"I just thought that was a great idea," said Dr. Brofsky, who was a member of Project Accessible Oral Health, a global public-private partnership to raise awareness of the significant need to enhance oral health care for people with disabilities to improve overall health and quality of life. The project started in 2017 at The Viscardi Center.

"That's how I learned more about the extent of the oral health need for children with disabilities," Dr. Brofsky said.

Group photo of GKAS volunteers
Smiles: Students from Evergreen Charter School pose with volunteers during the Nassau County GKAS event at the Cradle of Aviation Museum. More than 400 volunteers screen about 1,100 children during the event's 15th year. Photo provided by Dr. Joseph Brofsky
When it comes to finding a dentist, people with special needs often see hurdles, said John Kemp, president and CEO of The Viscardi Center. These barriers range from difficulty in paying for treatment, to obtaining dental coverage, to the physical challenges of accessing a practitioner's office or being seated in a dental chair. For oral health care practitioners, lack of alignment within the reimbursement system creates an added challenge to serving this population, which requires ongoing professional development and training to address the unique needs of children and adults with diverse disabilities, according to the Viscardi Center.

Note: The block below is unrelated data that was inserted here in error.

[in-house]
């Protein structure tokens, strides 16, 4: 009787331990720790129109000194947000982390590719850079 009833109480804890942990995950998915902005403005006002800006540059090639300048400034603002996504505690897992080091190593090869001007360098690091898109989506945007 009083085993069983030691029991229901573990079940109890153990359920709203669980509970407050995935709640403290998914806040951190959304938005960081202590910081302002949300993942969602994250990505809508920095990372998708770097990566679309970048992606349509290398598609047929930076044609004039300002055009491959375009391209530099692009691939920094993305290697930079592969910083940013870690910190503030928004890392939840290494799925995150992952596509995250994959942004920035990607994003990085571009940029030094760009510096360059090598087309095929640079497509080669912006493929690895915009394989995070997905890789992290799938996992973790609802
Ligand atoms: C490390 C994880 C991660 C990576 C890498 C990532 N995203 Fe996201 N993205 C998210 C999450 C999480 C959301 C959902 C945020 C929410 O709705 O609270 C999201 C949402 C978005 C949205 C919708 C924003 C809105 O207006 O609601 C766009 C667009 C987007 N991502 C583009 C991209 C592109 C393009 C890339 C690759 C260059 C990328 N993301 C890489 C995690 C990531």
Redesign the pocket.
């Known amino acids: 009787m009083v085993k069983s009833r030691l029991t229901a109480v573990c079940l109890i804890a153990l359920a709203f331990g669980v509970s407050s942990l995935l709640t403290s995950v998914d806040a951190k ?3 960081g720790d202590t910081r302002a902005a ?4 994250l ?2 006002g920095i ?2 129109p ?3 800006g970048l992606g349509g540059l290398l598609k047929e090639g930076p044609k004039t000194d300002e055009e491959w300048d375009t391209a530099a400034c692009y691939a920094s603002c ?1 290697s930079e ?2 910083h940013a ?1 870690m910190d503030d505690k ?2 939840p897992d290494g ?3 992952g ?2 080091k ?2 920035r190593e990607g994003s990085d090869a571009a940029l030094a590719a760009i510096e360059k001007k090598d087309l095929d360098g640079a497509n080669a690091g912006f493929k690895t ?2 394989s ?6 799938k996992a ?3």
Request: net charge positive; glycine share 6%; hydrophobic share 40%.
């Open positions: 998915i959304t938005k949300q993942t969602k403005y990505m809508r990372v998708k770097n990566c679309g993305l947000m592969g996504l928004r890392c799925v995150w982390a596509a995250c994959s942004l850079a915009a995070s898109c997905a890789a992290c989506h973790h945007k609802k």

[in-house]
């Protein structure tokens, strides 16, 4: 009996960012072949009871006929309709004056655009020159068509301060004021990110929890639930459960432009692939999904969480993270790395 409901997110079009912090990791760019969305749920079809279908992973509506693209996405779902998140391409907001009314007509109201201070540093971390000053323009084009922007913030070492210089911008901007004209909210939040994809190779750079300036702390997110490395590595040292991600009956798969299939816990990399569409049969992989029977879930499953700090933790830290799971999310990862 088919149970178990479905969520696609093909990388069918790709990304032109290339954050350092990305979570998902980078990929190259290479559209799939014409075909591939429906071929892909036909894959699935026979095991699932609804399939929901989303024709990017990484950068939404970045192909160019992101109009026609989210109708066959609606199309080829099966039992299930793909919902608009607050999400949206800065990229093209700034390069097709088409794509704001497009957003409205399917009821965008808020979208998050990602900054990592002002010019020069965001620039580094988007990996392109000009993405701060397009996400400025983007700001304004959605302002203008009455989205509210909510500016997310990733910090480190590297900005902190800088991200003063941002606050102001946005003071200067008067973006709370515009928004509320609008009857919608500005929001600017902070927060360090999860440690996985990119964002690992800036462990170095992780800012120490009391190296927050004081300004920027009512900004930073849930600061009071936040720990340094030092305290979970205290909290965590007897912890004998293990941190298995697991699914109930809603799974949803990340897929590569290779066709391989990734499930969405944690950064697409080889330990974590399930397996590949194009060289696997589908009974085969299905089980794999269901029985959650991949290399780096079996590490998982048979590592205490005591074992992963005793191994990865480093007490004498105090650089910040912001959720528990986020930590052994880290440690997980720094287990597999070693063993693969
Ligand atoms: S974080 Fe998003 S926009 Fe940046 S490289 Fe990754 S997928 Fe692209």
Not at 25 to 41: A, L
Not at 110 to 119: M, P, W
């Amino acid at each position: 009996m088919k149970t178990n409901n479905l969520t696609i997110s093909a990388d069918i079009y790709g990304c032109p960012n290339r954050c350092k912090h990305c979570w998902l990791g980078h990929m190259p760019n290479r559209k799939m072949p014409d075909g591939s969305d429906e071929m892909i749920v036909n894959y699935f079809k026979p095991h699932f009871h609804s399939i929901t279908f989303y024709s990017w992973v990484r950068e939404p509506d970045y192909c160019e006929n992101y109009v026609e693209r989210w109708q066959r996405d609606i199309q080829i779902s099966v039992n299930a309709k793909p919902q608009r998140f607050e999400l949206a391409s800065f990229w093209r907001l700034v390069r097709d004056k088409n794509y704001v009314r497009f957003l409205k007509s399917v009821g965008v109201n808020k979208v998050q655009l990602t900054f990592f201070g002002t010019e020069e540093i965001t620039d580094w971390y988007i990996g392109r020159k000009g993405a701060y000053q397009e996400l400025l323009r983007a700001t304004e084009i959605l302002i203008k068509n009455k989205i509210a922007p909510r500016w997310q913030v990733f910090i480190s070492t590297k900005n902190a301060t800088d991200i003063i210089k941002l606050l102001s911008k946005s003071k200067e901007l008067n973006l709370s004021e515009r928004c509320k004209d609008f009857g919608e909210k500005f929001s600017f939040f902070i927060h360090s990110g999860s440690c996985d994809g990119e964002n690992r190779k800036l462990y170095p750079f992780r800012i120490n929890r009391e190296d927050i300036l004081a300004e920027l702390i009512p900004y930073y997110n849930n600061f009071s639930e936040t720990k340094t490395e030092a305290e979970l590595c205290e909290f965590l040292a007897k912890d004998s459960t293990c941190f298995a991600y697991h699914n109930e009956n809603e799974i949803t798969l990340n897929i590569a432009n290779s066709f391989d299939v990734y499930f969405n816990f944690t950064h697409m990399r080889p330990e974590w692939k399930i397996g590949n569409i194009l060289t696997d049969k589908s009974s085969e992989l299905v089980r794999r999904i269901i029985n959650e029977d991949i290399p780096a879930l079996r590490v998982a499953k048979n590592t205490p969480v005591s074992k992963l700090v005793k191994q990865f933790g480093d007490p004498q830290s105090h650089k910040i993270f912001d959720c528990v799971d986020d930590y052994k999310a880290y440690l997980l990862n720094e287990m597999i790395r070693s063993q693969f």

"Now is the time to bring oral health into the conversation, as it plays a significant role in overall health," Mr. Kemp said. "Project Accessible Oral Health is an opportunity to explore challenges, collaboratively create solutions, and build a roadmap to a healthier future for individuals, while examining cost-effective coverage and reimbursement strategies."

From brushing teeth to moon landing

Along with dental screenings, the children enjoyed learning about the importance of brushing their teeth through a puppet show, watching movies at the IMAX theater and exploring the museum.

In all, about 25 percent of the 1,100 children screened would need follow-up dental visits, Dr. Brofsky said. A dental van from Stony Brook University School of Dental Medicine also provided dental services, including sealants, cleanings and fluoride treatments, to 30 children.

For kids from The Viscardi Center, transportation is often an issue, making the visit to Nassau County GKAS' venue, the Cradle of Aviation Museum, quite an experience.